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Variations in the hospital management of self harm in adults in England: observational study

BMJ 2004; 328 doi: http://dx.doi.org/10.1136/bmj.328.7448.1108 (Published 06 May 2004) Cite this as: BMJ 2004;328:1108
  1. Olive Bennewith, research associate1,
  2. David Gunnell, professor of epidemiology (D.J.Gunnell{at}Bristol.ac.uk)1,
  3. Tim Peters, professor of primary care health services research2,
  4. Keith Hawton, professor of psychiatry3,
  5. Allan House, professor of liaison psychiatry4
  1. 1Department of Social Medicine, University of Bristol, Bristol BS8 2PR
  2. 2Division of Primary Health Care, University of Bristol, Bristol BS6 6JL
  3. 3Centre for Suicide Research, University of Oxford Department of Psychiatry, Warneford Hospital, Oxford OX3 7JX
  4. 4Academic Unit of Psychiatry and Behavioural Sciences, University of Leeds, Leeds LS2 9LT
  1. Correspondence to: D Gunnell
  • Accepted 18 November 2003

Introduction

More than 140 000 people present to hospital after an episode of self harm each year in England and Wales.1Improving the general hospital management of these people is a key area in preventing suicide.2Although professional consensus has been reached on how self harm services should be organised and delivered,3wide variations in care delivery have been reported in two regions in England.45Using a nationally representative sample, we investigated the variation in services and delivery of care for self harm patients in hospitals in England.

Participants, methods, and results

We selected a stratified random sample of 32 hospitals, four from each former health region (see bmj.com). At each hospital we interviewed two to five key emergency and psychiatric staff about hospital service structures and made arrangements with them to start audits of the processes of care. We assessed each hospital on 21 recommended self harm service standards (see table A on bmj.com).3In 2001-2 each hospital did a prospective eight week audit of their management of self harm (see bmj.com). Trust staff used emergency department, medical, and mental health records if audit data were incomplete.

Variation in management of self harm patients across 32 English hospitals

View this table:

A designated self harm or liaison service was available at 23 of the 32 hospitals. At 11 hospitals, more than half of the 21 recommended service structures were not in place (median score 12; range 7 to 20). The most commonly available aspects of service were guidelines for medical management (at 31 hospitals) and 24 hour access to specialist psychosocial assessments (at 30 hospitals) (see table A on bmj.com).

Guidelines for assessing the risk of suicide for use by staff in emergency departments were available at 17 hospitals. Only 14 hospitals had self harm service planning meetings with mental health services, emergency department, or medical staff. Routine contact with patients' general practitioners within 24 hours of discharge from emergency departments happened at only half of the hospitals. Service scale scores were weakly associated with hospital size (rank correlation 0.20, P = 0.28).

During the eight week audit, staff identified 4222 episodes of self harm. Hospitals varied widely in the proportion of attendances leading to a psychosocial assessment (median 55%; range 36% to 82%), hospital admission (42%; 22% to 83%), psychiatric admission (9.5%; 2.5% to 23.8%), and mental health follow up (51%; 35% to 82%). Using metaregression techniques, we found no significant difference in the proportion of assessments (55% v58%; odds ratio 0.88; 95% confidence interval 0.56 to 1.38; P = 0.57), admissions (42% v52%; 0.65; 0.37 to 1.13; P = 0.13), psychiatric admissions (10.5% v11.4%; 0.89; 0.59 to 1.37; P = 0.61), or arrangements for follow up (53% v56%; 0.91; 0.66 to 1.25, P = 0.54) between hospitals with and without a designated service. However, at hospitals with a designated service, assessments were considerably less likely to be undertaken by junior (training grade) psychiatrists alone (22% v75%; 0.04; 0.01 to 0.14; P < 0.01).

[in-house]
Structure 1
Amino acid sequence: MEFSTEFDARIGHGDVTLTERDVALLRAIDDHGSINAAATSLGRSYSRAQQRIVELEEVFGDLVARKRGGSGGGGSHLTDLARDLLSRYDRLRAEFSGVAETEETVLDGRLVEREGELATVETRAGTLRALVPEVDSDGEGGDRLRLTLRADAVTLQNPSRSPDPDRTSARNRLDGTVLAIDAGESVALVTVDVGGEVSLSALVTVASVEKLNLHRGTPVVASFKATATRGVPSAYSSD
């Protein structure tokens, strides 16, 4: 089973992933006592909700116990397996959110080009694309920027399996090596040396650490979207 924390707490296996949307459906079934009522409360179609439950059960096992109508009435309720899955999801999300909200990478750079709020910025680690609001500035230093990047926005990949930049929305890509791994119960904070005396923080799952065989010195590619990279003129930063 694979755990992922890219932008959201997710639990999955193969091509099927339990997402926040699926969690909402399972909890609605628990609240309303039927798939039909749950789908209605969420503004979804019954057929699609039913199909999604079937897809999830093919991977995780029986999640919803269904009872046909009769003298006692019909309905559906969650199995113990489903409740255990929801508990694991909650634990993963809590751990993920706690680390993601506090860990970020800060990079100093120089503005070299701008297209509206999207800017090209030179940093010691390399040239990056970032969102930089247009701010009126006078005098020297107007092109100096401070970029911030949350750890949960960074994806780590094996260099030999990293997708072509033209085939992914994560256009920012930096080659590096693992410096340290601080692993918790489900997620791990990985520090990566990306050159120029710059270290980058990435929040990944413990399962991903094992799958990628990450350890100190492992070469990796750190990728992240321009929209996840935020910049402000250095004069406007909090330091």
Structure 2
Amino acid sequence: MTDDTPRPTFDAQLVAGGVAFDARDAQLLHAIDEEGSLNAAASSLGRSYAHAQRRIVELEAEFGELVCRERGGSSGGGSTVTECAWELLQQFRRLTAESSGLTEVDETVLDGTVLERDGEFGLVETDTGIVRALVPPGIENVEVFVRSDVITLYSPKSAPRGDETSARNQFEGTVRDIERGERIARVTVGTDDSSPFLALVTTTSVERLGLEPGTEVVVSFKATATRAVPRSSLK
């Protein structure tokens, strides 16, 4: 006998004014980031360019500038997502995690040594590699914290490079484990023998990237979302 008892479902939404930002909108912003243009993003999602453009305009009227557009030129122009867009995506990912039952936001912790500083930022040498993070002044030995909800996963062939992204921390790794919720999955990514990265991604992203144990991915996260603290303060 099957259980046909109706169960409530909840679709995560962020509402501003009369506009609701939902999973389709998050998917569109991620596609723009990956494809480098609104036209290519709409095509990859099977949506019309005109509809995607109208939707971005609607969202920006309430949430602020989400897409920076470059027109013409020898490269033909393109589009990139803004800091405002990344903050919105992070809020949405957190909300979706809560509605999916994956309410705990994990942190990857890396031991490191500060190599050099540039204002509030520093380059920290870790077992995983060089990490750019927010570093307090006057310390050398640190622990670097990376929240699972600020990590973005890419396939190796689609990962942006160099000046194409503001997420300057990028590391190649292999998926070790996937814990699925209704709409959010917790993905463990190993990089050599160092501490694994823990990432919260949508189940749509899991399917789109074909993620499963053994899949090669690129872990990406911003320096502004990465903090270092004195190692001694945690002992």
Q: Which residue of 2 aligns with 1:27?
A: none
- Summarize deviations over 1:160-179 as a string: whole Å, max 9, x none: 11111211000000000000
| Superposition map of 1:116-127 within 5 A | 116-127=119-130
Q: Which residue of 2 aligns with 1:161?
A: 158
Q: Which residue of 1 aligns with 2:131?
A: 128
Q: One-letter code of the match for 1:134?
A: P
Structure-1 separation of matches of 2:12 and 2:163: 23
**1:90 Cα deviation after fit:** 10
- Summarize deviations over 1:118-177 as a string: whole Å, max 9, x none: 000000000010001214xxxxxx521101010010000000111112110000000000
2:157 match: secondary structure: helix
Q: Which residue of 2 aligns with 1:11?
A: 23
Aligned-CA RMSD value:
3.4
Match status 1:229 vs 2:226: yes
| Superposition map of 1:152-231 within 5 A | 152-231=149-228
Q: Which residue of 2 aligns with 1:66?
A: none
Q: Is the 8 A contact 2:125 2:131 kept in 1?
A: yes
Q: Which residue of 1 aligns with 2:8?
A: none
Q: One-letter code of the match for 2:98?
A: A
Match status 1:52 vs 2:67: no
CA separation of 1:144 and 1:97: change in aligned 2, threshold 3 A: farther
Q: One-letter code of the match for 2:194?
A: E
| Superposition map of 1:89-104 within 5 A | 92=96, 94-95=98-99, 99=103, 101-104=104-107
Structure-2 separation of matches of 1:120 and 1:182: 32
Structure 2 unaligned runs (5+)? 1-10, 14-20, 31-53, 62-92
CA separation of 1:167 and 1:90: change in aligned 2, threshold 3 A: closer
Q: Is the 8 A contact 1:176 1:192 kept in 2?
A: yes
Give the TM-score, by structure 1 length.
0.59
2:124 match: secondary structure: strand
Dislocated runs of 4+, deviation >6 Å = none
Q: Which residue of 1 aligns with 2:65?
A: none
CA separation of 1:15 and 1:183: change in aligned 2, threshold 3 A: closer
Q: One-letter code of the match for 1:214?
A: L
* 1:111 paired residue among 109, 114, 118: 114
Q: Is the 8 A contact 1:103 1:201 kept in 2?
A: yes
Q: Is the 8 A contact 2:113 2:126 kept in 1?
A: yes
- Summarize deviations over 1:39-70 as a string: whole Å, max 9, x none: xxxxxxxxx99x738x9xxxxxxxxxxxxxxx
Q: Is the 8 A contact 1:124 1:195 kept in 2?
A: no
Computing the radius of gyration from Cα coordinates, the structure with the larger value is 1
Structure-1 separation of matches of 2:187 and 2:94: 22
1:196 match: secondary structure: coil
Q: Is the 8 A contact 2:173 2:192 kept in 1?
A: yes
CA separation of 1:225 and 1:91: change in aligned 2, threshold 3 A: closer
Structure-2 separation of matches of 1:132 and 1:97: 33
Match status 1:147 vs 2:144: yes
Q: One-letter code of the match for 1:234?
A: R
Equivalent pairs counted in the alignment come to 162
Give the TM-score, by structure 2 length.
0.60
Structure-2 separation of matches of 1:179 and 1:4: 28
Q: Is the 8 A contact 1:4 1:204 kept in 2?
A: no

Comment

Variability in organisation and provision of services for patients with self harm was striking. There was twofold variation across hospitals in levels of psychosocial assessment, fourfold variation in the proportion of attendances leading to admission to a hospital bed, and 10-fold variation in the proportion admitted to a psychiatric bed, although for the latter we were unable to determine how many were readmissions of patients who had self harmed while already psychiatric inpatients.

There were wide variations in the implementation of the recommended service structures.3Although most hospitals had a designated self harm or liaison service, interdisciplinary working and service planning were less common. Future research should examine the relationships between the patient management and service structures described here and indicators of outcome such as repetition and suicide.

Embedded ImageDetails of the sampling process, a table, and the audit form are on bmj.com

Acknowledgments

We thank Nav Kapur for his advice on the setting up and running of the audits and Andrew Newton, Jeremy Hyde, and Anthony Harrison for their help in piloting the interview and audit form. Emily Bennewith helped enter audit data. We also thank hospital and mental health service staff in the 32 hospitals for their participation in the interviews and help in running the audits.

Footnotes

  • Contributors DG, TJP, AH, and KH initiated the study. All the authors contributed to the design of the study. OB recruited and visited the hospitals, interviewed staff, facilitated and monitored the audits. OB, DG, and TJP analysed the data. All the authors contributed to and edited the paper. DG and OB are guarantors

  • Funding South West NHS R&D.

  • Conflict of interest None.

  • Ethical approval Multi Centre Research Ethics.

References